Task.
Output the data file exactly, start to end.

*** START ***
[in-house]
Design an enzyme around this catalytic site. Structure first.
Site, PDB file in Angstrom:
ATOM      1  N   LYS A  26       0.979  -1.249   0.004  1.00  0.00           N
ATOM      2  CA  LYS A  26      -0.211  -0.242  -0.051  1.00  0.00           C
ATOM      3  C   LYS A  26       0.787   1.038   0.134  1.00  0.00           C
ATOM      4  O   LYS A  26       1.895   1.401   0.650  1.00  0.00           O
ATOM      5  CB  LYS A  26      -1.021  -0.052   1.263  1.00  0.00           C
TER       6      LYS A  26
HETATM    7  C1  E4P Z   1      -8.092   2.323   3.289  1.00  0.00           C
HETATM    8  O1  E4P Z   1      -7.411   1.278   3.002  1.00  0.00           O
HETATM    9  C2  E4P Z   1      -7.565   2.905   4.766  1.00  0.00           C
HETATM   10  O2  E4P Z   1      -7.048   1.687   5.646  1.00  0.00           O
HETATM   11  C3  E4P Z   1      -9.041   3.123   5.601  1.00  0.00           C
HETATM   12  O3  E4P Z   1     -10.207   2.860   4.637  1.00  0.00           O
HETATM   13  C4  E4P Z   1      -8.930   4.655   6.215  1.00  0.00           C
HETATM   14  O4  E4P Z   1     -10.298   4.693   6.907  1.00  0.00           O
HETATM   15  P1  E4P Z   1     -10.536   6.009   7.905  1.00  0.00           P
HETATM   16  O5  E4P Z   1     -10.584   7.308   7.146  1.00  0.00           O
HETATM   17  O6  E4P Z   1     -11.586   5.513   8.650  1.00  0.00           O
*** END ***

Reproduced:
[in-house]
Design an enzyme around this catalytic site. Structure first.
Site, PDB file in Angstrom:
ATOM      1  N   LYS A  26       0.979  -1.249   0.004  1.00  0.00           N
ATOM      2  CA  LYS A  26      -0.211  -0.242  -0.051  1.00  0.00           C
ATOM      3  C   LYS A  26       0.787   1.038   0.134  1.00  0.00           C
ATOM      4  O   LYS A  26       1.895   1.401   0.650  1.00  0.00           O
ATOM      5  CB  LYS A  26      -1.021  -0.052   1.263  1.00  0.00           C
TER       6      LYS A  26
HETATM    7  C1  E4P Z   1      -8.092   2.323   3.289  1.00  0.00           C
HETATM    8  O1  E4P Z   1      -7.411   1.278   3.002  1.00  0.00           O
HETATM    9  C2  E4P Z   1      -7.565   2.905   4.766  1.00  0.00           C
HETATM   10  O2  E4P Z   1      -7.048   1.687   5.646  1.00  0.00           O
HETATM   11  C3  E4P Z   1      -9.041   3.123   5.601  1.00  0.00           C
HETATM   12  O3  E4P Z   1     -10.207   2.860   4.637  1.00  0.00           O
HETATM   13  C4  E4P Z   1      -8.930   4.655   6.215  1.00  0.00           C
HETATM   14  O4  E4P Z   1     -10.298   4.693   6.907  1.00  0.00           O
HETATM   15  P1  E4P Z   1     -10.536   6.009   7.905  1.00  0.00           P
HETATM   16  O5  E4P Z   1     -10.584   7.308   7.146  1.00  0.00           O
HETATM   17  O6  E4P Z   1     -11.586   5.513   8.650  1.00  0.00           O